The University of Georgia
Approved Course


  1. COURSE ID: EPID(ECOL)(IDIS) 8515

  2. TITLES

  3. Course Title: Modeling Infectious Diseases
    Course Computer Title: MODEL INF DISEASES
  4. COURSE DESCRIPTION (must be 50 words or less)

  5. Computational and mathematical methods for building and analyzing models of infectious diseases. Population-level processes for a range of infectious diseases of humans, wildlife, and livestock will be studied incorporating a variety of transmission mechanisms. Within-host processes will also be addressed.
  6. GRADING SYSTEM

  7. A-F (Traditional)
  8. CREDIT HOURS AND LECTURE/LAB/DISCUSSION HOURS

  9. FIXED VARIABLE
    Credit Hours 4
    Lecture Hours 4
  10. NON-TRADITIONAL FORMAT(if lecture/lab hours or lecture/discussion hours are fewer than credit hours, please justify)


  11. REPEAT POLICY

  12. Course cannot be repeated for credit
  13. DUPLICATE CREDIT STATEMENT(do not list quarter course IDs)

  14. The course will not be open to students who have credit in the following courses:
  15. REQUIRED PREREQUISITES

  16. EPID 7010 or ECOL 4000/6000 or permission of department
  17. PREREQUISITE OR COREQUISITE COURSES

  18. COREQUISITE COURSES

  19. PRIMARY DELIVERY MECHANISM (select only one):

  20. Lecture
  21. COURSE WILL BE OFFERED

  22. Every Year - Scheduling unknown
  23. EFFECTIVE SEMESTER AND YEAR OF CURRENT VERSION OF COURSE

  24. Spring 2014
  25. ADDITIONAL INFORMATION REQUIRED FOR THE SYLLABUS

  26. COURSE OBJECTIVES OR EXPECTED LEARNING OUTCOMES

    Knowledge
    Students will be exposed to the major processes involved in a 
    variety of infectious diseases. They will learn a broad range 
    of basic mathematical and computational methodologies for 
    modeling infectious diseases. They will be able to recognize 
    key parameters in a variety of models and give their meaning. 
    They will be able to derive some basic important results in the 
    theory of infectious disease transmission. 
    
    Comprehension
    Students will understand how key processes such as 
    transmission, recovery and waning immunity operate. They will 
    be able to articulate the steps required to formulate a 
    mathematical model. They will interpret biological problems as 
    simple mathematical and computational models. 
    
    Application
    Students will develop ideas and concepts introduced in lectures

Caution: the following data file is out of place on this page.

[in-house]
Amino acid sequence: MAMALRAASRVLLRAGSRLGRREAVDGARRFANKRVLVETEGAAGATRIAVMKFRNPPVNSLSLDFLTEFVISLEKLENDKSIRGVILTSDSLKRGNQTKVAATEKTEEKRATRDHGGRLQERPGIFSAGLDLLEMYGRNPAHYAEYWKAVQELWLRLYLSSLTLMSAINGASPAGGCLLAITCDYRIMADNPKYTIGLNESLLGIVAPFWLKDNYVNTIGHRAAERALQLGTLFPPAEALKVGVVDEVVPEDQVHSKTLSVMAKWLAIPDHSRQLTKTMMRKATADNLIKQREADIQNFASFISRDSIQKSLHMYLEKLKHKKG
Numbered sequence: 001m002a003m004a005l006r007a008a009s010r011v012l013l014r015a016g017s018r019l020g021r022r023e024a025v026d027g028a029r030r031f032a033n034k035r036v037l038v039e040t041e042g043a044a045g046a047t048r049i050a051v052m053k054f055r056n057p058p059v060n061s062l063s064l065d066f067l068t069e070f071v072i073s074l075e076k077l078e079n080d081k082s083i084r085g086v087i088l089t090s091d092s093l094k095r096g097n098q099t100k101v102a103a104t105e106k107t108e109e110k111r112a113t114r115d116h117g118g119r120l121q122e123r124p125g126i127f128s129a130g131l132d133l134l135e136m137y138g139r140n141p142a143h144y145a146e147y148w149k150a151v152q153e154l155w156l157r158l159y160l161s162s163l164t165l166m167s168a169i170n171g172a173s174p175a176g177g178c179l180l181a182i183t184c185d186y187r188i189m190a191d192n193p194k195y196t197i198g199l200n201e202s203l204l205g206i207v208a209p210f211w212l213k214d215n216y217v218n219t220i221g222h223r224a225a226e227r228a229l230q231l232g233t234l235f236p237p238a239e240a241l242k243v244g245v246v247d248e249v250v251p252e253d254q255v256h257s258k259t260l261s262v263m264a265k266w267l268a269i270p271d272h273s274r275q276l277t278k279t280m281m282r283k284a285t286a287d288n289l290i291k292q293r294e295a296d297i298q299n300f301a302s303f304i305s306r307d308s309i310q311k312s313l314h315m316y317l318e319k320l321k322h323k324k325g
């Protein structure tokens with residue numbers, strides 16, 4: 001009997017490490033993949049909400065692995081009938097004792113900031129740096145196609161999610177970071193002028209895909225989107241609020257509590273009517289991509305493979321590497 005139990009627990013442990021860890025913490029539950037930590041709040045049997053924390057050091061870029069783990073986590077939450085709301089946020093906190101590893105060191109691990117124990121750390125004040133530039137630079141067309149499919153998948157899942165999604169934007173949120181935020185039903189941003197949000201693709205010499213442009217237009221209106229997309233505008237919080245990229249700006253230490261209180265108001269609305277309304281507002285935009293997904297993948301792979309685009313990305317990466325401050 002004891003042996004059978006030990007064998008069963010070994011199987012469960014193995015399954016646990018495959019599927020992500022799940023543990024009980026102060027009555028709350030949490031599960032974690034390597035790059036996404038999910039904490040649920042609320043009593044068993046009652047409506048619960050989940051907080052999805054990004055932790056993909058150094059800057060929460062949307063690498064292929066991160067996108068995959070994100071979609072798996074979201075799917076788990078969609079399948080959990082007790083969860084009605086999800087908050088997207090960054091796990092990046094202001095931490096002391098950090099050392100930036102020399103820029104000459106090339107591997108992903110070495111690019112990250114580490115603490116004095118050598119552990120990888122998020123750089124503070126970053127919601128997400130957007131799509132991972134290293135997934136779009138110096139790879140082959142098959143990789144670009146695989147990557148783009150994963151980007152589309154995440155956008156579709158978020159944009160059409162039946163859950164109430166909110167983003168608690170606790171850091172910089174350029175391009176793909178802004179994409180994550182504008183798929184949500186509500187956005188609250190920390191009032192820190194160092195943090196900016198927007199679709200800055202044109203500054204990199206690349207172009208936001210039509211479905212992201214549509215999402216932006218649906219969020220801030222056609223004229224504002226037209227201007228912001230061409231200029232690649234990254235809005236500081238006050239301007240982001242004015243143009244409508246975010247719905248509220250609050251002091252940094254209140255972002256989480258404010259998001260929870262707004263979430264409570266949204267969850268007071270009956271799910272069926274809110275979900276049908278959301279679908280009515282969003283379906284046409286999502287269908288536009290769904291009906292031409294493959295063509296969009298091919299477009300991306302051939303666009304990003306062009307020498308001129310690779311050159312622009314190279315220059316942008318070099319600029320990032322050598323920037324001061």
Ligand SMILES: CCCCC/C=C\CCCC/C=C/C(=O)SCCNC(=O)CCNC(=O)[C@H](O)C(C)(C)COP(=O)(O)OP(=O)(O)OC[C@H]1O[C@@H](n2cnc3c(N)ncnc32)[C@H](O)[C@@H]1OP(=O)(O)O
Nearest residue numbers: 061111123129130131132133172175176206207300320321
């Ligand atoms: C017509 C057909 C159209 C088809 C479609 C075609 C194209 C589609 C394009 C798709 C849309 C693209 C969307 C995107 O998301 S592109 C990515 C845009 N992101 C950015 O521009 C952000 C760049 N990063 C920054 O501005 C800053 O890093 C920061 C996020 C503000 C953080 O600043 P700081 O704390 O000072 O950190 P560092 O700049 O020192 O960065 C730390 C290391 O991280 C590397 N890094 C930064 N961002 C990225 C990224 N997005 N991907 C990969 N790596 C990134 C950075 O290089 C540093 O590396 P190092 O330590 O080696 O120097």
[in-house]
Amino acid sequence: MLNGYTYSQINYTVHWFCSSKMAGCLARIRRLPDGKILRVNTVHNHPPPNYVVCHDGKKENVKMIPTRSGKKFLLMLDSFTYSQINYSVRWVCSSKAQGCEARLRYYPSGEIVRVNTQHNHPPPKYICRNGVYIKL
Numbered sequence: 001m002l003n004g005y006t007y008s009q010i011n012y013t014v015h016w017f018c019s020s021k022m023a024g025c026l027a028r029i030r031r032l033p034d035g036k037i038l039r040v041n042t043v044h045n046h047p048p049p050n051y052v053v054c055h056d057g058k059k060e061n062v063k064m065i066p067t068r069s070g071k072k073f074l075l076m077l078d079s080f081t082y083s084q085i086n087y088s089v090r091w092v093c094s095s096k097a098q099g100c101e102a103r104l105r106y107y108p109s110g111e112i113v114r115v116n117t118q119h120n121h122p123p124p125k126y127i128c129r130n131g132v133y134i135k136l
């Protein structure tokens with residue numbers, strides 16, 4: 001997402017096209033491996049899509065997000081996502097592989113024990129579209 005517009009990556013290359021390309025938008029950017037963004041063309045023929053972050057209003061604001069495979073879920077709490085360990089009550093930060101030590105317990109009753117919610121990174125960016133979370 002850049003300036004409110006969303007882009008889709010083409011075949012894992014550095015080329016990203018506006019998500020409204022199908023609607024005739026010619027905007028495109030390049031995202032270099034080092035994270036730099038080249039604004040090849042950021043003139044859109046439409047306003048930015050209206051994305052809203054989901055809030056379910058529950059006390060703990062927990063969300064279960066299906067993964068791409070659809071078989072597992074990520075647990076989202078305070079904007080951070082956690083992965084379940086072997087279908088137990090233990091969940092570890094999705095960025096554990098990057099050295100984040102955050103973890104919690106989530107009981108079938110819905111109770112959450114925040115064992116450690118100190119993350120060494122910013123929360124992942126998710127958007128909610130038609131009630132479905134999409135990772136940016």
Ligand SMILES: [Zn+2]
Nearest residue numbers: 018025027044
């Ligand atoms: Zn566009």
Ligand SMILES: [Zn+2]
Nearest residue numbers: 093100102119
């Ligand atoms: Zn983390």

to practical examples through instructional computer lab 
    sessions. They will be able to modify basic models to add more 
    realism or to apply it to a different biological problem.
    
    Analysis
    Students will learn to break down large-scale infectious 
    disease observations into component processes and will 
    understand how important concepts in infectious disease 
    modeling are manifested in real situations. They will be able 
    to correct basic computer programs so that they work as 
    intended. They will be able to distinguish between infectious 
    disease theory and inference from data. They will be able to 
    interpret the results of models in a biological context. 
    
    Synthesis
    Students will appreciate the progression of ideas that has led 
    to the modern field of infectious disease modeling. They will 
    be able to combine component processes, relevant to infectious 
    diseases, into single models that can explain infectious 
    disease progression in populations. Students will learn the 
    value of considering several infectious diseases together to 
    ask broader questions about why they affect populations 
    differently. 
    
    Evaluation
    Students will learn the usefulness and assumptions of different 
    types of mathematical and computational models in infectious 
    disease studies. They will also be able to critically read and 
    evaluate mathematical modeling studies of infectious diseases 
    that are published in primary research journals. Students will 
    be able to discriminate between good and bad models and will be 
    able to discern what type of data sets can best be used with 
    models to answer research questions.

    TOPICAL OUTLINE

    1.	Introduction to the topic 
    2.	Introduction to R 
    3.	Mathematical refresher
    4.	The basics: Simple compartmental models
    5.	Different forms of transmission (frequency-dependent & 
    density-dependent)
    6.	The latent period; acquired & waning immunity
    7.	Stochastic models
    8.	Within-host models 
    9.	Herd immunity & vaccination strategies
    10.	Parasite evolution  I: transmission-virulence trade-
    offs; increase of virulence due to vaccines
    11.	Parasite evolution II: emergence of drug resistance and 
    vaccine escape mutants
    12.	Critical community sizes & disease 'fade-outs'
    13.	Spatial models (the rescue effect, synchrony)
    14.	Network models applied to STDs
    15.	Regulation of wildlife by infectious diseases
    16.	Macro-parasite models
    17.	Vector-borne diseases
    18.	Fitting models to (and estimating parameters from) data 
    19.	Uncertainty and sensitivity analysis
    20.	Multi-pathogen/multi-host systems

    UNIVERSITY HONOR CODE AND ACADEMIC HONESTY POLICY

               UGA Student Honor Code: "I will be academically honest in all of my academic work and will not tolerate academic dishonesty of others." A Culture of Honesty, the University's policy and procedures for handling cases of suspected dishonesty, can be found at www.uga.edu/ovpi. Every course syllabus should include the instructor's expectations related to academic integrity.